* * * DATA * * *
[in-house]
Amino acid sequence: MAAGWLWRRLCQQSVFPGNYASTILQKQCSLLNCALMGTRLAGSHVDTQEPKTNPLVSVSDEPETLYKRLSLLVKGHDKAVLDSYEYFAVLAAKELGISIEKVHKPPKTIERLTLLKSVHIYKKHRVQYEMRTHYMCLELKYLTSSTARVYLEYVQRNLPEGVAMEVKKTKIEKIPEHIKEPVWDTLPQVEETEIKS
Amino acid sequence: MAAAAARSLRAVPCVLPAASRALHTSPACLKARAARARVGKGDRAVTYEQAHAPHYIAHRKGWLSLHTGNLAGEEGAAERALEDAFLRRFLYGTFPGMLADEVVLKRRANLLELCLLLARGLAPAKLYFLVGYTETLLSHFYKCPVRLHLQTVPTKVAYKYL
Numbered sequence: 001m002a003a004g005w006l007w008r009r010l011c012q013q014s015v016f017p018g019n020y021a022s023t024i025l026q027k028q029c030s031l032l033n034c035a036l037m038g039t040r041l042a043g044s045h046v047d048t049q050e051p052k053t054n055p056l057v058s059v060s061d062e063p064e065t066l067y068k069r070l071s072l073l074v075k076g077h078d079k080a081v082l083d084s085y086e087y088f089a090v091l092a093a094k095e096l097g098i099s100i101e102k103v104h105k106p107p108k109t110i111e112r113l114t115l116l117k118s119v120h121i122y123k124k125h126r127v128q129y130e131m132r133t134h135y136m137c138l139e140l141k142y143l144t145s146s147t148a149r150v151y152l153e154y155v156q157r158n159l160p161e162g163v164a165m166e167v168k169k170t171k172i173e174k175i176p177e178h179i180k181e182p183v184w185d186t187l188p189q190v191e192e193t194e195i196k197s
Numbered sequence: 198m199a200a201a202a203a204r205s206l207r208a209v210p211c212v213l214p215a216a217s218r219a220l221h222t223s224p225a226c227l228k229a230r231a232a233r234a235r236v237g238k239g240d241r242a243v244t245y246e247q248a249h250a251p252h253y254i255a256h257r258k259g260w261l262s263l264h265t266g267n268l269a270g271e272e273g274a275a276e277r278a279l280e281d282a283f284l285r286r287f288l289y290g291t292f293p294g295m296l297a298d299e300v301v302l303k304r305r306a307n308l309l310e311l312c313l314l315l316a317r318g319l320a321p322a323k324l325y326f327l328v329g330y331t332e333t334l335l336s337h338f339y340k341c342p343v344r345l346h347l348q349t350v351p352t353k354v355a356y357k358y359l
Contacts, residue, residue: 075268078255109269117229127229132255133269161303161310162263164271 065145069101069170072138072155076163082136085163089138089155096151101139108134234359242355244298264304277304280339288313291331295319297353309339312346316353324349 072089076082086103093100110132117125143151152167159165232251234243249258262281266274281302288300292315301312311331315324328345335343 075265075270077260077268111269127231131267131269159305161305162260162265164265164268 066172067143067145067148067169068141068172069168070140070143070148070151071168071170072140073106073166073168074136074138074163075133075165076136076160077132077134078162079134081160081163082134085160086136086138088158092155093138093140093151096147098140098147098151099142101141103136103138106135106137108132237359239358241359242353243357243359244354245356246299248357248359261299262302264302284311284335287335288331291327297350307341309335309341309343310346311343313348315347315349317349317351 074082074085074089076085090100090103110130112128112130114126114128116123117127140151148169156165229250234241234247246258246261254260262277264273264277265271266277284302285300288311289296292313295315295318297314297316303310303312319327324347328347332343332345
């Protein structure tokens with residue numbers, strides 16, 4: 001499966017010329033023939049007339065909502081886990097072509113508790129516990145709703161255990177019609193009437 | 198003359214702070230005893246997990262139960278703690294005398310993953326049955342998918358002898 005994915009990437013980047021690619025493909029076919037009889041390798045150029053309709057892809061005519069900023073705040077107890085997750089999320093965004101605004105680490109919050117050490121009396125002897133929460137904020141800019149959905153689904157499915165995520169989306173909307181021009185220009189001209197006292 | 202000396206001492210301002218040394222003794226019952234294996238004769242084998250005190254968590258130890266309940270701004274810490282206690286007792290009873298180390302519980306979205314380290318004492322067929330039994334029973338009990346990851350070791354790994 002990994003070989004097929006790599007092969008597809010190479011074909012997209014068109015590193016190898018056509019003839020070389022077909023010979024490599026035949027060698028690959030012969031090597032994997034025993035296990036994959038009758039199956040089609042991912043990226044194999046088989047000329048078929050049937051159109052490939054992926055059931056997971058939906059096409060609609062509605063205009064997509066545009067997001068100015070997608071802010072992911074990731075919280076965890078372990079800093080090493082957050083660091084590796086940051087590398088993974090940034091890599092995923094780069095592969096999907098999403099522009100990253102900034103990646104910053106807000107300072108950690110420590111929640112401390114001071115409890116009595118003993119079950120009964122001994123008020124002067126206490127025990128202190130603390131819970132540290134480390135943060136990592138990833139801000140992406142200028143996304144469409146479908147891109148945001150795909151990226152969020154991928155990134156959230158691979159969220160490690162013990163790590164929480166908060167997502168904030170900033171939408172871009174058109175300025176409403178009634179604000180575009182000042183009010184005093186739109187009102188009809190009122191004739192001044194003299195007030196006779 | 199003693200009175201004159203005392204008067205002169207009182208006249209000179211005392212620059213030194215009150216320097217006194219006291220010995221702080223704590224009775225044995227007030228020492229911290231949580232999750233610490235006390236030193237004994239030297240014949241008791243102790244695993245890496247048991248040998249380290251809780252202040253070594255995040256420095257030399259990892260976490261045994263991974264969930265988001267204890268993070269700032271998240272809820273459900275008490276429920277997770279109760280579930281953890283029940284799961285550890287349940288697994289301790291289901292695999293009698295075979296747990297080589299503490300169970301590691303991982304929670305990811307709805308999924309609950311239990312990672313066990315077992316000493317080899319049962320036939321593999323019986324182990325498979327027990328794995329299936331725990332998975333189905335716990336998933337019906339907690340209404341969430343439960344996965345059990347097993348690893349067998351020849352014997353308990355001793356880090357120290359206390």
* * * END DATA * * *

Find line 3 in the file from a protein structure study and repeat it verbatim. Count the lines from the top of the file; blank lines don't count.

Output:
Amino acid sequence: MAAAAARSLRAVPCVLPAASRALHTSPACLKARAARARVGKGDRAVTYEQAHAPHYIAHRKGWLSLHTGNLAGEEGAAERALEDAFLRRFLYGTFPGMLADEVVLKRRANLLELCLLLARGLAPAKLYFLVGYTETLLSHFYKCPVRLHLQTVPTKVAYKYL